How do you feel about him going into your profession?
That’ll be up to him. I wouldn’t be surprised, by his personality, [if he does end up acting], but that’s totally down the line. He’s five years old, so he certainly should take his time on that decision.
First he has to go through the fireman stage, and then ball player.
Yeah, actually, he has a whole order of things if they don’t work out. There’s ball player, fireman. Astronaut is the main one at the moment. Maybe a baseball player, but he wants to know if he gets to pick his team or not. I told him you don’t usually get to pick your team.
What’s your favorite thing to do as a family?
I like when we just don’t have too much to do. I like to let the day unfold in its own way. That usually happens when we’re on a trip, because at home there’s a lot to do. It’s very nice to waste a day with him.
Do you and Sarah balance projects so that the two of you aren’t filming something at the same time?
That hasn’t happened very much – not from any great effort, it just hasn’t ever been a major problem. But that definitely is a factor. It’d be awful if one of us was working in one city and one in the other for months on end. So far we’ve avoided that.
Having a kid, does it change your acting at all? Not so much the types of roles but just kind of relearning spontaneity or the joy of playing?
Maybe a little bit. I think there are parts of life I’m more aware of now that I can draw on. But I’m also probably less prepared and have less sleep than I used to have.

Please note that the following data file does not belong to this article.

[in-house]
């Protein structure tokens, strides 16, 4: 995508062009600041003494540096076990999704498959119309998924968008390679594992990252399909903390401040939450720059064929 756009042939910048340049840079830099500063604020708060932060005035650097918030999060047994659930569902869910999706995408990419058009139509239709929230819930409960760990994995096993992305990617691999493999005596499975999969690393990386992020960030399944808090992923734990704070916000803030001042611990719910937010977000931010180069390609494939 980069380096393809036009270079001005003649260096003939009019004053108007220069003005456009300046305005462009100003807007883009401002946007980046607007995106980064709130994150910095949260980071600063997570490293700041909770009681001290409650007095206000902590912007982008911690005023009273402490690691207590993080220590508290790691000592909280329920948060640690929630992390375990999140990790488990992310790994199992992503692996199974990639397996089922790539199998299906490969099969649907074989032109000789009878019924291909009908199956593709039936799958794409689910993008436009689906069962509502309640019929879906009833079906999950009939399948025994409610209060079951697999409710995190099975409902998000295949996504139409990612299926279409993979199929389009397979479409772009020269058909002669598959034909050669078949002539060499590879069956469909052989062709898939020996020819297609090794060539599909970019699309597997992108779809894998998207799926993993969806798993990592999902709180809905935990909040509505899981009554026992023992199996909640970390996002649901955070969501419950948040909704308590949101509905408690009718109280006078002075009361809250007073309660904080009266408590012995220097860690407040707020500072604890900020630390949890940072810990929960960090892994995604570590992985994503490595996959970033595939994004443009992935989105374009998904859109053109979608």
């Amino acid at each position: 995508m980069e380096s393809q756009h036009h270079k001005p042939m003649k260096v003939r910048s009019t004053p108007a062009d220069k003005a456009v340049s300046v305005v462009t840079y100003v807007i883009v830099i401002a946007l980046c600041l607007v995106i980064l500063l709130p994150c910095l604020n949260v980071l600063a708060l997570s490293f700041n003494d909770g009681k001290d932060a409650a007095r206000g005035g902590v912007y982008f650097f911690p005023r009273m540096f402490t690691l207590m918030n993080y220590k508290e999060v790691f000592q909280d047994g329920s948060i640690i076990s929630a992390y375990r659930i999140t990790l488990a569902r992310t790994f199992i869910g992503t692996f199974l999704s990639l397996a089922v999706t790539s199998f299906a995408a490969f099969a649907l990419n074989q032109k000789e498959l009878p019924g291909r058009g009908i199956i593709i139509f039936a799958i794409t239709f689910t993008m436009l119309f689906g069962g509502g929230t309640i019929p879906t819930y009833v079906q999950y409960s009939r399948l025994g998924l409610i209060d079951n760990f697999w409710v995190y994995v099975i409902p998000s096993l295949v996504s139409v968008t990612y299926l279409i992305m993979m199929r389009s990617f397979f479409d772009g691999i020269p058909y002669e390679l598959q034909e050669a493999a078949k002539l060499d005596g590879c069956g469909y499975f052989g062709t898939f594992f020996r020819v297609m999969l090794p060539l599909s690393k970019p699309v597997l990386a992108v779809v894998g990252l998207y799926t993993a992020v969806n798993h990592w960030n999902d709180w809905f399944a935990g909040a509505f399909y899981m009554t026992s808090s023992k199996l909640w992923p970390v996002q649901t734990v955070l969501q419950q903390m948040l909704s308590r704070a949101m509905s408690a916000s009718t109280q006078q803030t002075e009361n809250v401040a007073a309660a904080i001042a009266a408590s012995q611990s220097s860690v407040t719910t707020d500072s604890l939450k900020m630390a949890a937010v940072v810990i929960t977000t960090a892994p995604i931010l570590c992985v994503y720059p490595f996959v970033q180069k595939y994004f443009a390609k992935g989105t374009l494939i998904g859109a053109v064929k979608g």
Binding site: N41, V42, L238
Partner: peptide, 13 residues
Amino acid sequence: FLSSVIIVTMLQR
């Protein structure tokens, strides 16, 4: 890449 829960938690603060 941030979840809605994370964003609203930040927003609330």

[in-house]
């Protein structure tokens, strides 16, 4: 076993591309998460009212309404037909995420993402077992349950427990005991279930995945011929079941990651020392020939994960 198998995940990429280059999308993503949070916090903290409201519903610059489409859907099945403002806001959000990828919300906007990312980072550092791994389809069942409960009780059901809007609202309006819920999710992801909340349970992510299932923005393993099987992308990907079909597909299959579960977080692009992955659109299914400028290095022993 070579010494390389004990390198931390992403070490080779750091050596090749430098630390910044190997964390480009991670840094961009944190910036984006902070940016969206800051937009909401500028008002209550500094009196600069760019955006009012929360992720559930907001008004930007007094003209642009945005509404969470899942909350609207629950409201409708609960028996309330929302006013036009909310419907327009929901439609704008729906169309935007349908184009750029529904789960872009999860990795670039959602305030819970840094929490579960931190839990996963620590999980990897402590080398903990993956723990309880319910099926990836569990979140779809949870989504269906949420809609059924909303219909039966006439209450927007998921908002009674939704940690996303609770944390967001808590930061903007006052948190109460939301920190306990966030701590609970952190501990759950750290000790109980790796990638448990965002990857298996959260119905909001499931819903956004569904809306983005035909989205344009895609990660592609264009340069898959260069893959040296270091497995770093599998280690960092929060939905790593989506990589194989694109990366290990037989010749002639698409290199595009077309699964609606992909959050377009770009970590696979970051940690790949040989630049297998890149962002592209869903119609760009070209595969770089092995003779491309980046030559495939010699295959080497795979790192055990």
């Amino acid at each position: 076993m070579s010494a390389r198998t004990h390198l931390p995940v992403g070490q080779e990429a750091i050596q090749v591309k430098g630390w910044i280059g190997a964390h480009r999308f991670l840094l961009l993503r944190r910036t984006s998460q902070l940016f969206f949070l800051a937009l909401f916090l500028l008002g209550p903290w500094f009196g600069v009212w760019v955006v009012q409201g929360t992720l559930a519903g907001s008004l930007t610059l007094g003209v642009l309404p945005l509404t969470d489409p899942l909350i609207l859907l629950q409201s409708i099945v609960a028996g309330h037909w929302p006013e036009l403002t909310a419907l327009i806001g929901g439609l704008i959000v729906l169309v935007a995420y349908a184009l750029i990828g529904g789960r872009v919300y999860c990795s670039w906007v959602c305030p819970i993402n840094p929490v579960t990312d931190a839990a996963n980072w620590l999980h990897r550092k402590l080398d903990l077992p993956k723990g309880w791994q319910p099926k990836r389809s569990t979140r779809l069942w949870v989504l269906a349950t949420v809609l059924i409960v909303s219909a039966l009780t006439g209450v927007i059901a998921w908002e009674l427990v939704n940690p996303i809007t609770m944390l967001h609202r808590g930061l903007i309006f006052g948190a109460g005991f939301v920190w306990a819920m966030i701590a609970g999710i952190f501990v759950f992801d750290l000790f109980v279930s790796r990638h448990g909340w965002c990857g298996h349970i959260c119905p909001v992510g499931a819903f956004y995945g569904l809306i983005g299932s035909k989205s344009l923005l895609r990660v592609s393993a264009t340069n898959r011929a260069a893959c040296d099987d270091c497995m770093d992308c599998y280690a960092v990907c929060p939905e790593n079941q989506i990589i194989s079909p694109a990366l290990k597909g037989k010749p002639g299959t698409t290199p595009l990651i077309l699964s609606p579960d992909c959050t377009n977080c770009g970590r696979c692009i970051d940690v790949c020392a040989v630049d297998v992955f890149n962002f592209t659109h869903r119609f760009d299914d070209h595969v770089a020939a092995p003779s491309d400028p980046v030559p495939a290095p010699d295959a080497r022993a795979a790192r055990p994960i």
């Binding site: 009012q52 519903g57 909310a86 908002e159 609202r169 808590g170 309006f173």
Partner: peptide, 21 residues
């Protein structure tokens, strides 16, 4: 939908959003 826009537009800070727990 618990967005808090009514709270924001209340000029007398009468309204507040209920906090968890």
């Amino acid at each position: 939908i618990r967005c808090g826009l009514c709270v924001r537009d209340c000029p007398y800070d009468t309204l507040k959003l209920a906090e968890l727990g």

Has your son seen Ferris Bueller?
I think he’s seen some of it on TV. I don’t think he’s seen the whole thing. He’s much too young for that. I don’t think he’d understand.
Does he realize it’s you in movies?
In Bee Movie [co-starring Jerry Seinfeld] he did. There were not quite enough explosions in that. One plane blew up and that helped. And he liked Jerry’s bee more than mine, which really upset me. But it was okay.
Did he think they were real bees, or was he old enough to know better?
He knows they’re not real, that bees don’t really talk or any of that stuff. In some ways I think everything is so mysterious to a four-year-old that the movie’s just an extension of how strange everything is. I see these special-effects movies with him sometimes and I think, “Well, everything looks like that to him.” Like a plane must look like that to him. What does a little kid think of a car on the highway? Or the moon following you at night in a car? They think it’s following them. They’re so stupid. It’s not following them. The moon is not following your car.
No. I don’t think it is. I’m not a hundred percent sure.
Is there a dream role you’re longing to do?
Well, Mighty Mouse I’ve already brought up.
Any desire to make Mighty Mouse happen for yourself?
I think in all honesty Mighty Mouse requires an opera singer of some kind. Didn’t he sing opera? Yeah, I don’t think I’m right. It’s a dream.